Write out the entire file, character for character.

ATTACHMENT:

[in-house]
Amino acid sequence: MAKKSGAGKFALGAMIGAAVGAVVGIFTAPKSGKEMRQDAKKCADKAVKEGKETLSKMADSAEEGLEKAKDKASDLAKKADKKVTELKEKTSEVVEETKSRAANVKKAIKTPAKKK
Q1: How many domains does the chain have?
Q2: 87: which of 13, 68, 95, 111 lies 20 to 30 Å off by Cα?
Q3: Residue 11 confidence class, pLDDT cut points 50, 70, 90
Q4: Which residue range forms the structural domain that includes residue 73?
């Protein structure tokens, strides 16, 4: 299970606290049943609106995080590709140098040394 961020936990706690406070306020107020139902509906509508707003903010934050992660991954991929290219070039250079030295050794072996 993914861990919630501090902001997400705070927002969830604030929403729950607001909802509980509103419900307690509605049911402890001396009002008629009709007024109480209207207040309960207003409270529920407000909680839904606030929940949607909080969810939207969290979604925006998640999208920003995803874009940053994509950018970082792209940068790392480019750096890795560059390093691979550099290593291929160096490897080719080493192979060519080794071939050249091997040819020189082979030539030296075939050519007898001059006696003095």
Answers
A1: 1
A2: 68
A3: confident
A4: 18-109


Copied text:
[in-house]
Amino acid sequence: MAKKSGAGKFALGAMIGAAVGAVVGIFTAPKSGKEMRQDAKKCADKAVKEGKETLSKMADSAEEGLEKAKDKASDLAKKADKKVTELKEKTSEVVEETKSRAANVKKAIKTPAKKK
Q1: How many domains does the chain have?
Q2: 87: which of 13, 68, 95, 111 lies 20 to 30 Å off by Cα?
Q3: Residue 11 confidence class, pLDDT cut points 50, 70, 90
Q4: Which residue range forms the structural domain that includes residue 73?
């Protein structure tokens, strides 16, 4: 299970606290049943609106995080590709140098040394 961020936990706690406070306020107020139902509906509508707003903010934050992660991954991929290219070039250079030295050794072996 993914861990919630501090902001997400705070927002969830604030929403729950607001909802509980509103419900307690509605049911402890001396009002008629009709007024109480209207207040309960207003409270529920407000909680839904606030929940949607909080969810939207969290979604925006998640999208920003995803874009940053994509950018970082792209940068790392480019750096890795560059390093691979550099290593291929160096490897080719080493192979060519080794071939050249091997040819020189082979030539030296075939050519007898001059006696003095």
Answers
A1: 1
A2: 68
A3: confident
A4: 18-109